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17 things parents need to STOP doing for their kids

Posted June 2

: We're going to raise our kids to be the best they can be - happy, good, successful adults. And then we do things, sometimes thinking it's good parenting, and sometimes because we just don't think. Here are 17 examples: (Deseret Photo)

1. We give our kids creative names

Thor may have been your favorite superhero as a kid, but leave him where he belongs – in ancient Norse mythology and comic books. If you want to give your child an unusual name thinking s/he will be more noticed, choose a name that has fallen out of favor at the moment.

2. We teach them to be themselves, no matter what

What we believe is that we are teaching them not to bow to peer pressure when they get older. Your child may not listen to you about washing his/her hair more often, but let the kids at school say something and it’ll be done. A University of Virginia study in 2009 showed that teens who bowed to small amounts of peer pressure were more socially adept as adults.

3. We force them into sports

You want your kid to get physical exercise; you want your kid to learn good sportsmanship and cooperation. Sometimes, they learn some not so good things too, depending on the coach, especially one that thinks, “Win at all costs.”

4. We want them to be the brightest little preschoolers ever

We work, so off to daycare they go. And we are very careful about that daycare. Actually, studies show that we should pick a daycare environment for its loving and nurturing approach, and leave the academic program for when they actually start school. If learning is forced too early, it can turn kids off to school later on.

5. We helicopter

Kids need to fall down and skin their knees; they need to get more than 10 feet away from us. That may be an exaggeration, but letting them climb that piece of playground equipment all on their own, without hovering, is a good thing.

6. We do their homework

There is a difference between helping a child learn something and just finishing it out of frustration because it is bedtime or we have other things to do. And as we help, particularly with math and writing assignments, we can be pretty poor teachers. If we are not good at writing ourselves, then we need to get some resources and start learning.

7. We need to rescue them

No one wants to see his/her kid in pain or in trouble. Our first reaction is to step in. But we have to let them work through some things on their own. If we don’t, they become dependent upon us to be their problem-solvers – not a good thing as they move into teenage years.

8. We hurry them

Our lives become busy and hectic, and often, we are in a hurry. We have deadlines; we need to get errands run; we are running late. And so, we impose that “hurry up” on our kids. Too many activities with schedules that are too tight for everyone in the family are destructive.

9. We are their social directors

Are they meeting and befriending the “right” kids? How can we manipulate things so that they do? God forbid they should have an empty weekend on their calendars. So we orchestrate social activities whether they like it or not. It’s for their own good – not.

10. We force an introverted child to be outgoing

Introverted people have wonderful qualities – they are thinkers; they are creative; they often become movers and shakers as adults. We may be outgoing and extroverted, but we must never impose that mindset on our kids. When we have a kid who prefers a book to playing “Barbie’s” with her friends, so be it.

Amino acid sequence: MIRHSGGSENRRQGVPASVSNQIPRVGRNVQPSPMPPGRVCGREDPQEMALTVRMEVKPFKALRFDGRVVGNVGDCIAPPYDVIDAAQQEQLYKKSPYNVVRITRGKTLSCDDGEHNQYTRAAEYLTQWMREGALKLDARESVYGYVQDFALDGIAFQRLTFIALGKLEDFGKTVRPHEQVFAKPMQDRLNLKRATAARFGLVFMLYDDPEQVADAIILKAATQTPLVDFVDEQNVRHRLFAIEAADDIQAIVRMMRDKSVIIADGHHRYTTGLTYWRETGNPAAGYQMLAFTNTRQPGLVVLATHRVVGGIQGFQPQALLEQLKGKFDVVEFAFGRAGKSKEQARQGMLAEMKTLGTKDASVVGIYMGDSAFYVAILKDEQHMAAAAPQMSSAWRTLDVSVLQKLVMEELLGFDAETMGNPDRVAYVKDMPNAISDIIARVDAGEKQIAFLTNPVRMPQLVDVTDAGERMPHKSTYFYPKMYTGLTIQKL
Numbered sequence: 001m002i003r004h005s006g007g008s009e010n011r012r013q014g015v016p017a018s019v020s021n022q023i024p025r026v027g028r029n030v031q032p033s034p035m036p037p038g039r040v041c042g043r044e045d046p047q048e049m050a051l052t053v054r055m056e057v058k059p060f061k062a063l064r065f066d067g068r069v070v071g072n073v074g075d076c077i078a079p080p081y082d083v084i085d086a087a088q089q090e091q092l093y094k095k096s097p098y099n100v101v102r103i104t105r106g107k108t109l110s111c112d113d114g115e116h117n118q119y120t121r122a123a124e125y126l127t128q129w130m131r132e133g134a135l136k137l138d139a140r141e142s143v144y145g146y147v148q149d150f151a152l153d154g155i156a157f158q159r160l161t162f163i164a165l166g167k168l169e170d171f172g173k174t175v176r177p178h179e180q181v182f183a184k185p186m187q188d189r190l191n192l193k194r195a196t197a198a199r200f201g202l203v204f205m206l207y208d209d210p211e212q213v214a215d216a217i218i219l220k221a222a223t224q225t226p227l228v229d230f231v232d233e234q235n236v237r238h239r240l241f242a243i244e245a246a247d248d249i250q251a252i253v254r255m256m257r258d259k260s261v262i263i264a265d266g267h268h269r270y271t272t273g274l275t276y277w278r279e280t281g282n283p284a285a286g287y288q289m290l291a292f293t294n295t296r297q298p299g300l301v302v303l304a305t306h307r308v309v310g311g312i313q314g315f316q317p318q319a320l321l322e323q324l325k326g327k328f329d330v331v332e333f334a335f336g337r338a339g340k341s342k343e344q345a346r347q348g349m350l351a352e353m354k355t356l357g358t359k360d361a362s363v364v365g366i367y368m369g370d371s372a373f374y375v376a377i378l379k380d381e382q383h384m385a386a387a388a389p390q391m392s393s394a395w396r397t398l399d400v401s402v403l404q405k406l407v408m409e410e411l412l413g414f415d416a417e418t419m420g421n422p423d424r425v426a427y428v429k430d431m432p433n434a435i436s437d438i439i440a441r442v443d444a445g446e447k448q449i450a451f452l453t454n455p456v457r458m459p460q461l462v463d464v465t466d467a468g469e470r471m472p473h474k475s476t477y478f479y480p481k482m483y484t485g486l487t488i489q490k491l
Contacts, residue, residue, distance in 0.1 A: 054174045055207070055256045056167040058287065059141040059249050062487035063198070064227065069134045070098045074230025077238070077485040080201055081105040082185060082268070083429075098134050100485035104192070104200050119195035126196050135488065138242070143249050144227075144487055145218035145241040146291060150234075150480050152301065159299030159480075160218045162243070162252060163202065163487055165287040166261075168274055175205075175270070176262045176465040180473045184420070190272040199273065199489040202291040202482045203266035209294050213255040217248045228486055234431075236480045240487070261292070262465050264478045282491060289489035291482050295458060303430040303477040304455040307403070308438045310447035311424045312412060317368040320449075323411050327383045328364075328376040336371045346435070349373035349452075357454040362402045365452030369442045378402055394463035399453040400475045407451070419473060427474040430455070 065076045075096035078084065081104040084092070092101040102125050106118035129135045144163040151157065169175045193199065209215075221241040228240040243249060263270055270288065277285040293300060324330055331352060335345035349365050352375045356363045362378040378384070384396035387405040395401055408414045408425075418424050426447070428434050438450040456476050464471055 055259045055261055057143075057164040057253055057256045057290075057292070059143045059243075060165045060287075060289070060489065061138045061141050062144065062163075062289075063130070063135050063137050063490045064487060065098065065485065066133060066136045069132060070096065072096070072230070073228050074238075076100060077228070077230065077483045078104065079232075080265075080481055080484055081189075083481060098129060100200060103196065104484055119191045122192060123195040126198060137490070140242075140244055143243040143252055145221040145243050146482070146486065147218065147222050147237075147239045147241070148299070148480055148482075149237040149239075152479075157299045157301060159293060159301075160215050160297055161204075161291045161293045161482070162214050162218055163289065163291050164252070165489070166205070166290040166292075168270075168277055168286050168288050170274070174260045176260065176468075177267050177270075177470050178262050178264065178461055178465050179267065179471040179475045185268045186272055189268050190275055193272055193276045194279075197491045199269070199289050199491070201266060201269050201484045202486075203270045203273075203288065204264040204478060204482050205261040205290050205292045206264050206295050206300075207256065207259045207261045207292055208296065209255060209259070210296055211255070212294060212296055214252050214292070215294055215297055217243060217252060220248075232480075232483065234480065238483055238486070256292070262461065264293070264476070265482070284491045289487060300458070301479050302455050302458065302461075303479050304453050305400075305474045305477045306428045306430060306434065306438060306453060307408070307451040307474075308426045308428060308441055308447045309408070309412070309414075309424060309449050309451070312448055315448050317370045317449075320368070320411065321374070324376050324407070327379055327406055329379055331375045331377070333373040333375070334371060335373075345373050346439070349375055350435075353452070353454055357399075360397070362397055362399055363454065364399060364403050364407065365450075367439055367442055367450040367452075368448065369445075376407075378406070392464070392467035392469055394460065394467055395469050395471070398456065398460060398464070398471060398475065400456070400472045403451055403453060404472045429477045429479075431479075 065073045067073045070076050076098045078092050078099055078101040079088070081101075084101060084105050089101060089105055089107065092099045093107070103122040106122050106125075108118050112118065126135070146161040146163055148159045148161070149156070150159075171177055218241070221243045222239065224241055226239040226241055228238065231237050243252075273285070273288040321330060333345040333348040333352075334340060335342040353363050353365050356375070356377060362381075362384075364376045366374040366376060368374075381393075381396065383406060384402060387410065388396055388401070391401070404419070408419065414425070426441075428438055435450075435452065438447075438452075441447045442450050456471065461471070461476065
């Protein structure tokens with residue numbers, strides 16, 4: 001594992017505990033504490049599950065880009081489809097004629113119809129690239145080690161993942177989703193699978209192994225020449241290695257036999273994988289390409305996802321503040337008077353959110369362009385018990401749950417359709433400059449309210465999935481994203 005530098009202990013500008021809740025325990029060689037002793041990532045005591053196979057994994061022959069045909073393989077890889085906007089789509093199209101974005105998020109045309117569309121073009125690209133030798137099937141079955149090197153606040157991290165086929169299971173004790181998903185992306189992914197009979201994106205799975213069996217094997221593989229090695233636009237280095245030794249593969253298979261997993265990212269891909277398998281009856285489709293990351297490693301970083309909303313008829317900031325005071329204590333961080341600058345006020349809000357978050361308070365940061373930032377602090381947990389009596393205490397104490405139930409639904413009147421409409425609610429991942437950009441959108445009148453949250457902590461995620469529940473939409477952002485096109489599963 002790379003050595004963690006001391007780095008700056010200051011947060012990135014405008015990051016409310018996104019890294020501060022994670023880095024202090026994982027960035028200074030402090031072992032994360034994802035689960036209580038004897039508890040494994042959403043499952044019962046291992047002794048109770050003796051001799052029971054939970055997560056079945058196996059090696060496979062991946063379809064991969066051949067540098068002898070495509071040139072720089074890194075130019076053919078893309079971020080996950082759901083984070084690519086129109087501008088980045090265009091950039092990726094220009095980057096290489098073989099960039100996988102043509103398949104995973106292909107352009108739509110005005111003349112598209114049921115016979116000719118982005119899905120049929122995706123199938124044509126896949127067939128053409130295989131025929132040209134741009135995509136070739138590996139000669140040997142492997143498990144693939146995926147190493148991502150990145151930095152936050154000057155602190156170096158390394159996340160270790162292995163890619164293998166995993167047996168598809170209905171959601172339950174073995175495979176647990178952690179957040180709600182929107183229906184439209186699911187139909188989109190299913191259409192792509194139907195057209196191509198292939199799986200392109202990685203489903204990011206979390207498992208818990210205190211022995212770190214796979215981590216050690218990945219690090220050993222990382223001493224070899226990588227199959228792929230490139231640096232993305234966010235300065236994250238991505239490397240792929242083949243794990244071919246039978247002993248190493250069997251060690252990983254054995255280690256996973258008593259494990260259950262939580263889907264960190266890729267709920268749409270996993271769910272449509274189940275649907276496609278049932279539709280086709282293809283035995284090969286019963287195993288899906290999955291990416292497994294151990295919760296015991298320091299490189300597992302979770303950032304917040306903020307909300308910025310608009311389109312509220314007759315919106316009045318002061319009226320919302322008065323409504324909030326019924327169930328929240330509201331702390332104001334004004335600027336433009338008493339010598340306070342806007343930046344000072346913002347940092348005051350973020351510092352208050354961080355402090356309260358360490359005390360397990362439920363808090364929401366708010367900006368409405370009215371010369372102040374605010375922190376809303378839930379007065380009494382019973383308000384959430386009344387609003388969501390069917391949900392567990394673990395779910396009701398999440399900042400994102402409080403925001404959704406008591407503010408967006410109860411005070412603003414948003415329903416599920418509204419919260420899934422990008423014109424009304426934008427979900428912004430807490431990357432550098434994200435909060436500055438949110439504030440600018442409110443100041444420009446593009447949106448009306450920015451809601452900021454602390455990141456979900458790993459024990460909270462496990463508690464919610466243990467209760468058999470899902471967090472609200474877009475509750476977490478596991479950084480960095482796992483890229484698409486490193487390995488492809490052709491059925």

11. We obsess over stranger-danger

In this age of predator awareness, of course, we must teach our kids about strangers and how they are to respond. We can go overboard, and our kids can grow up with the belief that anyone who looks different or acts differently is a danger. This narrows their perspectives at a time when the world is getting smaller.

12. We give too much praise

Those little egos need nurturing. And so we do all that we can to heap on a praise for even small accomplishments. Reasonable praise, given for definite improvement or accomplishment of a goal, is worthy praise.

13. We put our kids in front of educational videos as infants

The whole Baby Einstein video craze is finally over, thank goodness. We were sold a bill of goods actually, plopping our one-year-olds in front of a screen to be bombarded with new words. If we want our kids to be little Einstein’s, then we have to take the personal time to engage with them.

14. We impose our interests on our kids

We may love working on cars; we may love painting, decorating; we may love football, etc. Trying to impose that interest on our kids, and acting offended or disappointed when they do not share it, is telling them that they are less valuable in our eyes.

15. We live vicariously through our kids (or try to)

We have baggage that we take into adulthood. Whatever it takes, we are bound and determined that our child will excel in those areas. This makes us “pushy” and focused on ourselves, not on our kids’ strengths and talents.

16. We get too text-bookish about our child rearing

We need to rely on our instincts more than we currently do. If something that we are doing “feels” wrong, no matter what the experts say, then we need to follow our instincts.

17. We don’t let our kids get bored

When kids complain about being bored, we hop to it and come up with solutions for them. It is during periods of boredom that kids are forced to use their creative problem-solving skills. If they depend on others to entertain them, they will never be content to just be by themselves, and be comfortable in their own skin.

Laura Callisen is an experienced writer and freelance journalist. She has a deep passion to share her diverse experience through guest posting and freelance blogging. @LauraCallisen

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